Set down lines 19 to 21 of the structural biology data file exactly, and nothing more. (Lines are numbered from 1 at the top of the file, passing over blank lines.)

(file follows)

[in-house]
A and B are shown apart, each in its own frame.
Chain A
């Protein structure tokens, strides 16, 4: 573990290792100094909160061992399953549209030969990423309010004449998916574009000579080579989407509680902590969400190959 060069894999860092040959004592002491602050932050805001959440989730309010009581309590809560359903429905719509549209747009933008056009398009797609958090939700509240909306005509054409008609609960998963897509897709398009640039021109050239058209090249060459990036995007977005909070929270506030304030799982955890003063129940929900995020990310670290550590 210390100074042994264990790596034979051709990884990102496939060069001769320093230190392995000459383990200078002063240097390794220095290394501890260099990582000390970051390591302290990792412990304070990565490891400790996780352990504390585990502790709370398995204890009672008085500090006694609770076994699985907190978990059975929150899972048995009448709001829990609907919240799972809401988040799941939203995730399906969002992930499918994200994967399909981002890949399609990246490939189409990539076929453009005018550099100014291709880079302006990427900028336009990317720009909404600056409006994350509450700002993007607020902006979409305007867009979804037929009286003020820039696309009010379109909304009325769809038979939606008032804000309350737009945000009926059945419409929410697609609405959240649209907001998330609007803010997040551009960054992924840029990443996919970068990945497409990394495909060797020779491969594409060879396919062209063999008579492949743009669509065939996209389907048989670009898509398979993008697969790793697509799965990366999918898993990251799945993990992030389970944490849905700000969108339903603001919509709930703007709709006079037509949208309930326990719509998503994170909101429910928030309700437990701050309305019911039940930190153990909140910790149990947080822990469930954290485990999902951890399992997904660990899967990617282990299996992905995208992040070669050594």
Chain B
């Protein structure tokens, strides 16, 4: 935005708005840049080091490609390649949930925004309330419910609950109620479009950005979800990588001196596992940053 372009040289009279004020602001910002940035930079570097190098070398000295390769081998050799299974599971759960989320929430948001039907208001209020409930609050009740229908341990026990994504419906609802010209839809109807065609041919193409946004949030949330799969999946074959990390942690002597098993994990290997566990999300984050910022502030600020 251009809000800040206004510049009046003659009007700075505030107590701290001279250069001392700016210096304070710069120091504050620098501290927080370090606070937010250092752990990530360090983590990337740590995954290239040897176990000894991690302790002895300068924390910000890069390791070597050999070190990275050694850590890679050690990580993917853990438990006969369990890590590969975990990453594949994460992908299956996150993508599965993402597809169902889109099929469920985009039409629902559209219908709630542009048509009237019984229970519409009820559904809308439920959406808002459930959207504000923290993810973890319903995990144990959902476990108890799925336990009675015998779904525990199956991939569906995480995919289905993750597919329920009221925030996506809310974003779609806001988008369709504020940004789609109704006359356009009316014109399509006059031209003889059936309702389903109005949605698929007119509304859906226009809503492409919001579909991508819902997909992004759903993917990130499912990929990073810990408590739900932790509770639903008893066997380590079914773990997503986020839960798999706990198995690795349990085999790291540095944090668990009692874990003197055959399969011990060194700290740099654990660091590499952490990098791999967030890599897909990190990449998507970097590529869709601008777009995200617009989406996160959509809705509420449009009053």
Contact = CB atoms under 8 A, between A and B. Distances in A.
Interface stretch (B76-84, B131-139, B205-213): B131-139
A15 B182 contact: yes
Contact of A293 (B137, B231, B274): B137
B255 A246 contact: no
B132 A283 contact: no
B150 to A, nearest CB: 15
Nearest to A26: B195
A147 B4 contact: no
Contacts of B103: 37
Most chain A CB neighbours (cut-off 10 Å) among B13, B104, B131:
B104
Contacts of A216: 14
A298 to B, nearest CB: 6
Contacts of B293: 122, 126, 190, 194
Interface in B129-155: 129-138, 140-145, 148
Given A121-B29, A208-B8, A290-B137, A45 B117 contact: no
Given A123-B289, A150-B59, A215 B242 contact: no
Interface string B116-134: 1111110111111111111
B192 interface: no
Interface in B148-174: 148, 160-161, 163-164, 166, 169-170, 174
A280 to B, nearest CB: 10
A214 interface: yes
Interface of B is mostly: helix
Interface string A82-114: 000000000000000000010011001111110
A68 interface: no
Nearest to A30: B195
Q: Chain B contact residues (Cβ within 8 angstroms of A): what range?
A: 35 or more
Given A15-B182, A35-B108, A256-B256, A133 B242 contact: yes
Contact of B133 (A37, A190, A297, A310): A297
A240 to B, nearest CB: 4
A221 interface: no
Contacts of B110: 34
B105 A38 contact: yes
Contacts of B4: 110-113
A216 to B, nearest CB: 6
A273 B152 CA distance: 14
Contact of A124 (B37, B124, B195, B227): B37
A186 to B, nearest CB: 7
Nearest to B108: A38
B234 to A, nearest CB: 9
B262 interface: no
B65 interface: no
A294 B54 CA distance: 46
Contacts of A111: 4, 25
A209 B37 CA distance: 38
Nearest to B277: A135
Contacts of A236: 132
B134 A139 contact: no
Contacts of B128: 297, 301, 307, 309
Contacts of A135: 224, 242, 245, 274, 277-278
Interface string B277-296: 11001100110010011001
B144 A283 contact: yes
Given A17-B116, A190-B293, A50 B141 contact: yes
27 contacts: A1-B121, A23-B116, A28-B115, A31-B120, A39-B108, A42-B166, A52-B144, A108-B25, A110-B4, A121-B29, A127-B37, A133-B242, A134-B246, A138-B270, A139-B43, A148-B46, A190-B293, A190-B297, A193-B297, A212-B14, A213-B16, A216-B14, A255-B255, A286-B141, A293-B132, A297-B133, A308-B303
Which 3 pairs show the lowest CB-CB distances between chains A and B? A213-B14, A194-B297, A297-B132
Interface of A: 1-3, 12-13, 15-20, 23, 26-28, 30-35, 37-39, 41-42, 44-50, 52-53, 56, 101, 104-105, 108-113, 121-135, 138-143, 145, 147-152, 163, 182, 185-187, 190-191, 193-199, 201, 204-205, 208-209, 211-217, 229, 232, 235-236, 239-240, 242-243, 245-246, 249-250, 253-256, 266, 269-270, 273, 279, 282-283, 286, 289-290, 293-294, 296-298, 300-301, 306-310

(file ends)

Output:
Contacts of A216: 14
A298 to B, nearest CB: 6
Contacts of B293: 122, 126, 190, 194